Remember the days before iTunes when you waited and waited by the stereo for your favorite song to come on the radio, and when it did, it was such a great moment?
Life is a lot like waiting for that song to play.
I can’t say I’ve ever been fond of waiting long periods of time for things to happen. I’m sure there are reasons I could try to cite as blame for this, but the bottom line is that sometimes I’m simply impatient.
Because, like math, waiting is hard.
One thing I’ve learned, though, is that some things truly are worth waiting for because they make your heart feel bliss that you can’t necessarily explain. But it’s not always easy to remember that when you’re in the waiting period.
Cue an actual waiting room.
My sister-in-law went into labor Friday morning, and I left work early that afternoon to go be with my family at the hospital and await the arrival of my precious niece. (Seriously, she is adorable.) We all tried to make predictions of when she would be born, but we were way off—predicting when babies will be born when you have no expertise is like trying to guess what time it’s going to start raining when you don’t even know how to read a radar.
So we did a lot of waiting on Friday. It was the good kind of waiting—the kind for which you know what the outcome will be (like meeting your niece and becoming an aunt), and it’s an exciting time when your heart grows with joy more and more each moment. The impatience is still there, but when what you’ve been waiting for finally happens, you simply don’t care. What you waited for was worth every single second.
I held my niece in my arms, and I remembered nothing about the hours spent wondering when she would finally get here. She was here, and she is beyond beautiful. Olivia Kate is worth every single second of waiting.
The next day, I had to wait again for something else I love dearly: froyo. I stopped at my favorite frozen yogurt place before going to hang out with my niece on her second day of being a little human, and my patience was tested. The place opens at 11, and when I went inside at 11:02 or so, the manager said there was some situation and that it would be a few minutes before they were ready. I asked how long it would be (usually when people say “a few” they don’t actually mean three), and he said it would be at least 10 minutes if I was willing to wait.
Sir, for froyo, I’m willing.
I sat at a table and waited for what seemed like way more than 10 minutes (because the waiting period pretty much always feels like an eternity), and then homeboy finally handed me some sample cups and said everything was ready. This is the best froyo in all of the land, but there was an added bonus: I got a discount for waiting. The manager said that, because of my patience, I could have the employee discount—50 percent off! It’s possible this ever so briefly made me consider working there solely for the discount. That froyo was worth every single second of waiting.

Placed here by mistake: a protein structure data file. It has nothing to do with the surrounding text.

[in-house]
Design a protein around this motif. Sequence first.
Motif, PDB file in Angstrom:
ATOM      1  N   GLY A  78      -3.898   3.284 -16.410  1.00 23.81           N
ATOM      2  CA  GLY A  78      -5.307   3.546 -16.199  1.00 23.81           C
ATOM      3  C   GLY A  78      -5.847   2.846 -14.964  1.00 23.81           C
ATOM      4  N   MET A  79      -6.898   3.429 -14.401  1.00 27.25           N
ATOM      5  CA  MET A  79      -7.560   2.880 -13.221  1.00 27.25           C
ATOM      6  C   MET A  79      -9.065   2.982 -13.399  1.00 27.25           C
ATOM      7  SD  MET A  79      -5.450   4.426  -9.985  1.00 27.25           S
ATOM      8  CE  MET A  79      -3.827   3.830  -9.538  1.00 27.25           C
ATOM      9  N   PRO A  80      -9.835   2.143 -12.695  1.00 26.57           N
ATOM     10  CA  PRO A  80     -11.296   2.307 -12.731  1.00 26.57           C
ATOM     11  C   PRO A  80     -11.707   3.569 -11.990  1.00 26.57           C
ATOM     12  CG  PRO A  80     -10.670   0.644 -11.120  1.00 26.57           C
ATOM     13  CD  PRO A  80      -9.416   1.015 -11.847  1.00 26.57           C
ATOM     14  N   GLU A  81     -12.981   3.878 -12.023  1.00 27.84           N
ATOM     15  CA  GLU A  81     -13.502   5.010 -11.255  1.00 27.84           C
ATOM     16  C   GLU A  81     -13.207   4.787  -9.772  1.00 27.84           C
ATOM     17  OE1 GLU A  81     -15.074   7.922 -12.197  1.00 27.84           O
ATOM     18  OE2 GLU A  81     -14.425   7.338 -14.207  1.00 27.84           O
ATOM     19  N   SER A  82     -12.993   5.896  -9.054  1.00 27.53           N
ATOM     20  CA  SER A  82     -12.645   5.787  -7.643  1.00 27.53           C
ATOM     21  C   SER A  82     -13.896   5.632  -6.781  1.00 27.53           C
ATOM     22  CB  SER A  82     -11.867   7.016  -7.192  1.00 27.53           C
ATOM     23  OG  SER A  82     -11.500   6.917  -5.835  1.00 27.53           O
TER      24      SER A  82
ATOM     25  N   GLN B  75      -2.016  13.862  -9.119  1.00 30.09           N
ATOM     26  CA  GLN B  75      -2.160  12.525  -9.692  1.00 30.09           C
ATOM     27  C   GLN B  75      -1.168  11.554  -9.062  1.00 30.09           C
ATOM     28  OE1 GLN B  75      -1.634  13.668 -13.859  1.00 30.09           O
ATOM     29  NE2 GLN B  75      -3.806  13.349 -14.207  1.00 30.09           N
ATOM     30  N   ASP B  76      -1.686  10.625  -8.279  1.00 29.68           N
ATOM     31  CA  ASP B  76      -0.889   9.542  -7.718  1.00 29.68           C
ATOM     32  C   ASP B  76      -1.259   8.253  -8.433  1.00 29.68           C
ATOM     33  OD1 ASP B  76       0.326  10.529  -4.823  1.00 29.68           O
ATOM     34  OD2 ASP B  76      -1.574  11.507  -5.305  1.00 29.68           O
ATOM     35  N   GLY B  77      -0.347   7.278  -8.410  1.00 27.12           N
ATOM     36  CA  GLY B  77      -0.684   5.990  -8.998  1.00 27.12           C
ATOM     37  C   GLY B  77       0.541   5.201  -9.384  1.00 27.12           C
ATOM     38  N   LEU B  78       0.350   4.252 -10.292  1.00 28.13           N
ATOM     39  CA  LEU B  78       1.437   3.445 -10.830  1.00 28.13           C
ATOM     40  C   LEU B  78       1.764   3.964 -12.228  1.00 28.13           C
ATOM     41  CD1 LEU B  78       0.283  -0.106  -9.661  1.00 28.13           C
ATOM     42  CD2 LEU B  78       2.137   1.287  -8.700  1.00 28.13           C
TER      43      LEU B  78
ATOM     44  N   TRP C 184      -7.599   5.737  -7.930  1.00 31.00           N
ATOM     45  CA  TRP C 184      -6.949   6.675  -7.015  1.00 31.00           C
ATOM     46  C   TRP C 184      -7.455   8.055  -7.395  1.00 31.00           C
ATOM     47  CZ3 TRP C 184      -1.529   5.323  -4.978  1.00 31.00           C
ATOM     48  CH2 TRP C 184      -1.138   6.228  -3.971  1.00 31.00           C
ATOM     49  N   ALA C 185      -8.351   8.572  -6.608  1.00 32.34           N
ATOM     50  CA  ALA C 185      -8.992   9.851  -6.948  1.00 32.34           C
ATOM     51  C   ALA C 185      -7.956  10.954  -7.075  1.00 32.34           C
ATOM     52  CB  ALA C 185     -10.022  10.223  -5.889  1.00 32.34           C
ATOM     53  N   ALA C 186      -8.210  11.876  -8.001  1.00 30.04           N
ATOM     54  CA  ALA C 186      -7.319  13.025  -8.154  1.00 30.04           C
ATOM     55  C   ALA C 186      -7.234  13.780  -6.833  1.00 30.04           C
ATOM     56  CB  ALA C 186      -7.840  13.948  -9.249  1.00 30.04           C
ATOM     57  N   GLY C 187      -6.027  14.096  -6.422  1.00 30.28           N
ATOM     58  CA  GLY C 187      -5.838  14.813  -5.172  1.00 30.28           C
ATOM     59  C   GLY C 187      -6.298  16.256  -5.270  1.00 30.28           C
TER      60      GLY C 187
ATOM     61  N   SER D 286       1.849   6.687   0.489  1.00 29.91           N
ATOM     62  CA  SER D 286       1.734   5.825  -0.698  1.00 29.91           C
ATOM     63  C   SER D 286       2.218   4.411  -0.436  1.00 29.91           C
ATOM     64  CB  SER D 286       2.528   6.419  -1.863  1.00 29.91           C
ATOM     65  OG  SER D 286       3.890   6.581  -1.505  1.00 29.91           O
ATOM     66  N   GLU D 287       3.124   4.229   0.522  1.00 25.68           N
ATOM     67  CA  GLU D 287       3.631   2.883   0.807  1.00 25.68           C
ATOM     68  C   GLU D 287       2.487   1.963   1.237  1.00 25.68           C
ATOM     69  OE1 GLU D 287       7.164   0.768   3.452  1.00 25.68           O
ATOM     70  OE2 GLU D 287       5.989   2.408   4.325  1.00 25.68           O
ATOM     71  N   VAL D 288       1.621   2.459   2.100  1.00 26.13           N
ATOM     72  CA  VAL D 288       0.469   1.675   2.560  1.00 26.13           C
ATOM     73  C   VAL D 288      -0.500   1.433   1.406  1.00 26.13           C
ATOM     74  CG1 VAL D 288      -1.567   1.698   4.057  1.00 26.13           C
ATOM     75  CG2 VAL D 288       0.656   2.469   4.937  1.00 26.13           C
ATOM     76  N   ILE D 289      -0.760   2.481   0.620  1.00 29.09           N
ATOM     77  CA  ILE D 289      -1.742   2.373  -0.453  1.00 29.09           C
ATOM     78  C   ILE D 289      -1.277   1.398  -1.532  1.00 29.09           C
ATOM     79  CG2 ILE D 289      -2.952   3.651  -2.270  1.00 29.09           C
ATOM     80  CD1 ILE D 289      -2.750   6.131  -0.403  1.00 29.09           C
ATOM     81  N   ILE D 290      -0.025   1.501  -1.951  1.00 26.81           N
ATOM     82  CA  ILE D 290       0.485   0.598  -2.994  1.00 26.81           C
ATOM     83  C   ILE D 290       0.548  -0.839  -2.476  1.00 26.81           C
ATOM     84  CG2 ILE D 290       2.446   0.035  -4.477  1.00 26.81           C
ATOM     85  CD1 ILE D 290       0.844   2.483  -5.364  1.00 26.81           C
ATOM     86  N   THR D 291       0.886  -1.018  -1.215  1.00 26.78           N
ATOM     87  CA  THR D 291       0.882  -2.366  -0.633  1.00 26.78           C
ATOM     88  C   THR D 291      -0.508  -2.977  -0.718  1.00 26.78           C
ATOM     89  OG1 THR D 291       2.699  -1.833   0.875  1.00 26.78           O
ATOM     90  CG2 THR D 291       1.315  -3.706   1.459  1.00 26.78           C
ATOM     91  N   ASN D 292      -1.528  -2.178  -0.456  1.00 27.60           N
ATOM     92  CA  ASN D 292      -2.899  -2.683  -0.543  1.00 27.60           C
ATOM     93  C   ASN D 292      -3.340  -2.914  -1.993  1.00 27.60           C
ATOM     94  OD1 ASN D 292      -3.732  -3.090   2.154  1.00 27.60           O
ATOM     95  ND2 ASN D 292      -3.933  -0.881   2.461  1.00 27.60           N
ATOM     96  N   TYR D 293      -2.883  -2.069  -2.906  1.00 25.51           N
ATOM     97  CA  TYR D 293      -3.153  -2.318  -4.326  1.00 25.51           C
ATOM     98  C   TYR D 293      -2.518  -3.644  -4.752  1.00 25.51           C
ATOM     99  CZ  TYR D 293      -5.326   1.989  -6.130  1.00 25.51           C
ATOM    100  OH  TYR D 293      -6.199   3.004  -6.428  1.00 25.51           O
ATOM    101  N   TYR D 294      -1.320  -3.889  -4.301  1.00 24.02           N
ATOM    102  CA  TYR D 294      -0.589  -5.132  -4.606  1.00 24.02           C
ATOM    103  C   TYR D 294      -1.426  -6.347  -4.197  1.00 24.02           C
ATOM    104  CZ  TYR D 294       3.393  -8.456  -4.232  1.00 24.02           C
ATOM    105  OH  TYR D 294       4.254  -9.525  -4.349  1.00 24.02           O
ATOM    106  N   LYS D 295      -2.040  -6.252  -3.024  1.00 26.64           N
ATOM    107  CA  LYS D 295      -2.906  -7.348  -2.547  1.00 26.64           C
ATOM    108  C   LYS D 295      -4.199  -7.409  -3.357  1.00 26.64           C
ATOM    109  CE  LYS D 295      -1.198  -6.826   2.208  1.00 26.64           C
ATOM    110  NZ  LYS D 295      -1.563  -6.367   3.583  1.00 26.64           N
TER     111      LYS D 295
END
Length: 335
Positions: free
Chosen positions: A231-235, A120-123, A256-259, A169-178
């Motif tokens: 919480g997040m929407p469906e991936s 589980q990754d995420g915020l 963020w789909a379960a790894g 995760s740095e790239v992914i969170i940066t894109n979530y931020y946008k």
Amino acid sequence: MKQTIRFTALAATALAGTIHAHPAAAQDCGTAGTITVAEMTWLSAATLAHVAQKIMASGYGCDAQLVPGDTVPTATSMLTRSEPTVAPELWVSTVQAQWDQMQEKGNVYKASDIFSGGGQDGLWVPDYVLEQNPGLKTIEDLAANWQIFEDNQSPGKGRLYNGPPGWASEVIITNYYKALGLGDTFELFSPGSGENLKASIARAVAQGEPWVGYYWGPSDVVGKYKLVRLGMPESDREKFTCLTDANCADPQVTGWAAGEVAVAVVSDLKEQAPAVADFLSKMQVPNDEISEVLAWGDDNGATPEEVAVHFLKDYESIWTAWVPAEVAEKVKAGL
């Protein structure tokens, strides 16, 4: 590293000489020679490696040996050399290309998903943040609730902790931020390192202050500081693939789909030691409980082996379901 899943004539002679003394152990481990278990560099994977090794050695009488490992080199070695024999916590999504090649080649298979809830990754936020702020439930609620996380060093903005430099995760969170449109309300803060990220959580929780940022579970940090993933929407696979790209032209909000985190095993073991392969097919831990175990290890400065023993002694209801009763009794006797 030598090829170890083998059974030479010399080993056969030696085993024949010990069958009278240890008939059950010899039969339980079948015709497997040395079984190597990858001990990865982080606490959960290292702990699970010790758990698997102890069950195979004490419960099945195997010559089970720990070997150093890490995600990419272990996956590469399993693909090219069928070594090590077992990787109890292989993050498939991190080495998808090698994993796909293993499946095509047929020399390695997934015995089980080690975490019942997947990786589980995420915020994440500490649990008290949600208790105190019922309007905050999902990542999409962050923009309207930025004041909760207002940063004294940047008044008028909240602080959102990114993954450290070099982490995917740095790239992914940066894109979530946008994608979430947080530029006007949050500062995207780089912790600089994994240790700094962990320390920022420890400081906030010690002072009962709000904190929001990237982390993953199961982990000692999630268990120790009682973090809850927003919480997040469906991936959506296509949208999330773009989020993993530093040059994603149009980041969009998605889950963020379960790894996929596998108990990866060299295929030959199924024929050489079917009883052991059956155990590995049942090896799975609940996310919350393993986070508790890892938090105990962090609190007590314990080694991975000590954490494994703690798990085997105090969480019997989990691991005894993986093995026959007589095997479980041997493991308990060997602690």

I had no idea I would get that discount, but it sure was a welcomed surprise. There are times when we are waiting but don’t know what exactly we’re waiting for, because the outcome isn’t known. I think that’s one of the most challenging kinds of patience to have—the one when you’re waiting for something that isn’t a complete certainty.
Sometimes we have to wait on people who may or may not already be in our lives. We wait with hearts full of questions, and we wait on answers. We wait with hope. We wait with frustration. We wait with emotions we never expected. We wait with pain. We wait with anticipation. We wait with uncertainty. We wait with passion. We wait with fear. We wait with confusion.
But we wait with the belief that whatever (or whomever) we’re waiting for will be worth every single second of waiting.
It’s difficult at times to trust God’s plan, and it’s not easy to hear people tell you to do so over and over again, even if it is the way to go. I try to remind myself of Hebrews 10:36, which starts with, “Patient endurance is what you need now,” because the concept of endurance makes me think of running a race and the feeling you get when you finally cross the finish line. Just like enduring all that comes with racing, we have to endure all that comes with waiting—though that whole “patient” adjective is a true struggle.
I think that, even as adults, it’s challenging to escape from some of our childlike behaviors. Waiting is so difficult when you’re a little kid (think Christmas Eve), and you just want whatever you want to happen to happen when you want it to happen. But that’s not how life works, and I’m not sure we ever get completely used to that. It’s important to learn how to wait, though, when that’s the last thing you want to do.
Because oftentimes whatever you’re waiting for will be worth every single second of that patient endurance.